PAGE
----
Friday, February 26, 2016

Review: The Sword of Summer

The Sword of Summer (Magnus Chase and the Gods of Asgard, #1)The Sword of Summer (Magnus Chase and the Gods of Asgard #1)
Rick Riordan
middle grade, Norse mythology

Magnus Chase has always been a troubled kid. Since his mother’s mysterious death, he’s lived alone on the streets of Boston, surviving by his wits, keeping one step ahead of the police and the truant officers.
One day, he’s tracked down by a man he’s never met—a man his mother claimed was dangerous. The man tells him an impossible secret: Magnus is the son of a Norse god.
The Viking myths are true. The gods of Asgard are preparing for war. Trolls, giants and worse monsters are stirring for doomsday. To prevent Ragnarok, Magnus must search the Nine Worlds for a weapon that has been lost for thousands of years.
When an attack by fire giants forces him to choose between his own safety and the lives of hundreds of innocents, Magnus makes a fatal decision.
Sometimes, the only way to start a new life is to die . . . 
Behold, the book I basically started reading in November and finished a week ago.  Round of applause, please.

No matter what, come hell or high water, Rick Riordan's books will be good. However, I realize now that the appeal will lessen the older you get.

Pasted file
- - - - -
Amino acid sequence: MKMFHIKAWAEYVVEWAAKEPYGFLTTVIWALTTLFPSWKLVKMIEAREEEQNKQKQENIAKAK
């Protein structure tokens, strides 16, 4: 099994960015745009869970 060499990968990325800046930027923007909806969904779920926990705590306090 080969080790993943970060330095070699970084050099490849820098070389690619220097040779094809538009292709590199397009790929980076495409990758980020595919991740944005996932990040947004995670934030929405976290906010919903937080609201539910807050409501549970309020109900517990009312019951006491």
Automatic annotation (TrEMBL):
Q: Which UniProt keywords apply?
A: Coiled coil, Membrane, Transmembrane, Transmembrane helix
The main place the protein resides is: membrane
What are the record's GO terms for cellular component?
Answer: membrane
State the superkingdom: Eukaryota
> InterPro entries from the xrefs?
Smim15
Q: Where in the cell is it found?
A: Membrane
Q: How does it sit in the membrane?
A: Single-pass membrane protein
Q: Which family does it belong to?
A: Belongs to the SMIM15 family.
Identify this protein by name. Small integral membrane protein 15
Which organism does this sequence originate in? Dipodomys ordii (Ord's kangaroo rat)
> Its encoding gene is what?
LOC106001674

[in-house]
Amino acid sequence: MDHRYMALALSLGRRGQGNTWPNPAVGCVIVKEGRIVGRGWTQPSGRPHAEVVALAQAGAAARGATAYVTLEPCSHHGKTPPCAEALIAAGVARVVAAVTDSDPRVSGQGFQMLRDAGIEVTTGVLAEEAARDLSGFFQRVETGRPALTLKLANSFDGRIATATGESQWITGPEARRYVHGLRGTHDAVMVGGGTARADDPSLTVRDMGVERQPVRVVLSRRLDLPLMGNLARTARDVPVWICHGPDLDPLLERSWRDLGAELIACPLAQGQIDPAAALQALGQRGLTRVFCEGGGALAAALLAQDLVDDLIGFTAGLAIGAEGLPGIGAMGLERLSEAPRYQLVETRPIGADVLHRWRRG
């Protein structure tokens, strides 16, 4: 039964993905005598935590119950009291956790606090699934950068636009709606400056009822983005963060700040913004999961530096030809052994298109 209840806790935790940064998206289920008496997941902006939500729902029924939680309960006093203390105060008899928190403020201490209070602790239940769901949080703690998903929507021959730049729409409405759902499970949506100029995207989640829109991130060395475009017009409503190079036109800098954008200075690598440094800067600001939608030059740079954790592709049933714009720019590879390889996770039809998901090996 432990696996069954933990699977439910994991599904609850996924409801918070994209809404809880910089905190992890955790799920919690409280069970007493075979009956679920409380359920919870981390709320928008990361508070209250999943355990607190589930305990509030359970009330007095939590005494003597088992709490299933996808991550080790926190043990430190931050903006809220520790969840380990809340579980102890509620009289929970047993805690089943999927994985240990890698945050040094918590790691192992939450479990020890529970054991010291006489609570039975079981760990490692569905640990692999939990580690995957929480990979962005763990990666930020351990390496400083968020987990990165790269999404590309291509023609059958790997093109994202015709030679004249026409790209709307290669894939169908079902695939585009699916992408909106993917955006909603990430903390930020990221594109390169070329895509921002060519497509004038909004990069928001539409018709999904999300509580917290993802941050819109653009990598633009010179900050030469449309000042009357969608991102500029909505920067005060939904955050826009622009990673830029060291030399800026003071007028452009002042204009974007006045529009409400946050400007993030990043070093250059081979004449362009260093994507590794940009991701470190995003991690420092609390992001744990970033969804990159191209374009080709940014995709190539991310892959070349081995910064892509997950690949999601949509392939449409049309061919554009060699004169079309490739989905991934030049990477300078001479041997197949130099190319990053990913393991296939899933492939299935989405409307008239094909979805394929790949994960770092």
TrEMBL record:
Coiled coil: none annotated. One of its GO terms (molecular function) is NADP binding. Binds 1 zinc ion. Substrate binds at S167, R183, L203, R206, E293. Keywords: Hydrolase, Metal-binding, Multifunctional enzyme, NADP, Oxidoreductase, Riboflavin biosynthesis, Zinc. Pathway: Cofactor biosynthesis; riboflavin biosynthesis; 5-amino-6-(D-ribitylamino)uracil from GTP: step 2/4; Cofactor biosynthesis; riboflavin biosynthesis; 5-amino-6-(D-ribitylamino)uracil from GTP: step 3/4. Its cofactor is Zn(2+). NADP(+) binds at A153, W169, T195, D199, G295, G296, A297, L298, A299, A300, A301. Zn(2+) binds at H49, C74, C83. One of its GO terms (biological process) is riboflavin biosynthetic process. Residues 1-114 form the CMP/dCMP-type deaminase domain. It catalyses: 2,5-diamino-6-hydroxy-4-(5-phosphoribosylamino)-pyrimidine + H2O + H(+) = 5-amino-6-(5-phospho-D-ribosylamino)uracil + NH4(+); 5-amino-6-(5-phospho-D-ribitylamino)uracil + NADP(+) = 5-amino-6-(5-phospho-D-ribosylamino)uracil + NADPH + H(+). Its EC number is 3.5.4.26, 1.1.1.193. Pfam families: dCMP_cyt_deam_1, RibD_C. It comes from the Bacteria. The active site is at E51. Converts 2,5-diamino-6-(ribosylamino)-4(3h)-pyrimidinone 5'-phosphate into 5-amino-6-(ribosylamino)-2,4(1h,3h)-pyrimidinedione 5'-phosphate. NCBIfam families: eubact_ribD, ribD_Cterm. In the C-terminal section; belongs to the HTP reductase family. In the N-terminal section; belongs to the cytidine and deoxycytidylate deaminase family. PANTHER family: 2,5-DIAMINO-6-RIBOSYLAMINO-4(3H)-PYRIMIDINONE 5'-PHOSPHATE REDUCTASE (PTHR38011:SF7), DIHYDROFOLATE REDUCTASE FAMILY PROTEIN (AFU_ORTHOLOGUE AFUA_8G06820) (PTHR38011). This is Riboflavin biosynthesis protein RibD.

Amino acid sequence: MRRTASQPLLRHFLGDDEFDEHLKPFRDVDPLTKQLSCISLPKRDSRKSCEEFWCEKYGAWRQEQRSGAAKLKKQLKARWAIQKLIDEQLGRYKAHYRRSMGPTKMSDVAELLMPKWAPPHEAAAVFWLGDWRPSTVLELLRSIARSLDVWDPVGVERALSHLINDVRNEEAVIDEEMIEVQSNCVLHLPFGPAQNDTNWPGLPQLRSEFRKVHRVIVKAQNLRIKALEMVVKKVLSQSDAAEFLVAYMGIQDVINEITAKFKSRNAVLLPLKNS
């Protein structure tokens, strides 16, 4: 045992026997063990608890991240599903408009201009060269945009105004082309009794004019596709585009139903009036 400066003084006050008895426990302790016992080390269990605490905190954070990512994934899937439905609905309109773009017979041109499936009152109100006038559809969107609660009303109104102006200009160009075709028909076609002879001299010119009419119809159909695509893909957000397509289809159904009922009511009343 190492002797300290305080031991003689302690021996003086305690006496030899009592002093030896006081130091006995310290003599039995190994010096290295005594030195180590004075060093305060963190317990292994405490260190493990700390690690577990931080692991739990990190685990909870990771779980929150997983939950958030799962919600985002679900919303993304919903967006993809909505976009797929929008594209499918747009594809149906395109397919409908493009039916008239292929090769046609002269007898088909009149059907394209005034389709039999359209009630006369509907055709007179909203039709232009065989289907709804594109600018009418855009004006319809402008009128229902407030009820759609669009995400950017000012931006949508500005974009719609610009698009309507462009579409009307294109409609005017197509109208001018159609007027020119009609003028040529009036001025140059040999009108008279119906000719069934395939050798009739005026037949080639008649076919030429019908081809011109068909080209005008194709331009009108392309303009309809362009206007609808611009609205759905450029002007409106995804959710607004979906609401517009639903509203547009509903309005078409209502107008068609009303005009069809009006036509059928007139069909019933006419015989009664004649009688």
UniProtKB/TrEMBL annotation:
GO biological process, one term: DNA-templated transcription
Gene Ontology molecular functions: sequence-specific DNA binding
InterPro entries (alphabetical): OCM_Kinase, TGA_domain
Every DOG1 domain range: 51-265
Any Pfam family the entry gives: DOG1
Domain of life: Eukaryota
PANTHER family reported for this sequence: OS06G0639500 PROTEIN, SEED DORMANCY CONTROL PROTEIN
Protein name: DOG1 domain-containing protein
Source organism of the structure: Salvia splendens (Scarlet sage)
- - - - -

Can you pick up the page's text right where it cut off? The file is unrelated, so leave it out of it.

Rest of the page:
Unlike the Percy Jackson books, and like Heroes of Olympus, The Sword of Summer was a massive, almost 500-page book. Let's be honest - Heroes was not as good as PJ, but we loved it and read it anyway, partially because we loved the familiar characters and world. In the case of Magnus Chase, I found the size a bit of a problem. The Norse world and it's rules are not as familiar to the average reader as the Greek Gods and stories are (at least to me) and I found all the character arcs and backgrounds and subplots rather confusing. 

Also, I found the supporting characters rather dull and not as relatable as Annabeth, Grover, and Tyson always were. Blitz and Hearth were not young kids, and Samirah, while having cool and useful abilities, didn't usually add much to the scene. 

Truthfully though, all of the above is really just one flaw, and that is that the book was not Percy Jackson. If you can read it without expecting it to be what it cannot be, you should enjoy it(:

On to the things I loved: humor as spot on as usual, THE CHAPTER TITLES, the cover, the fact that it's a trilogy, pure originality, pop culture references, the dedication, Rick Riordan fandom inside jokes (passes out even more than Jason Grace), the talking goats, the talking sword. 

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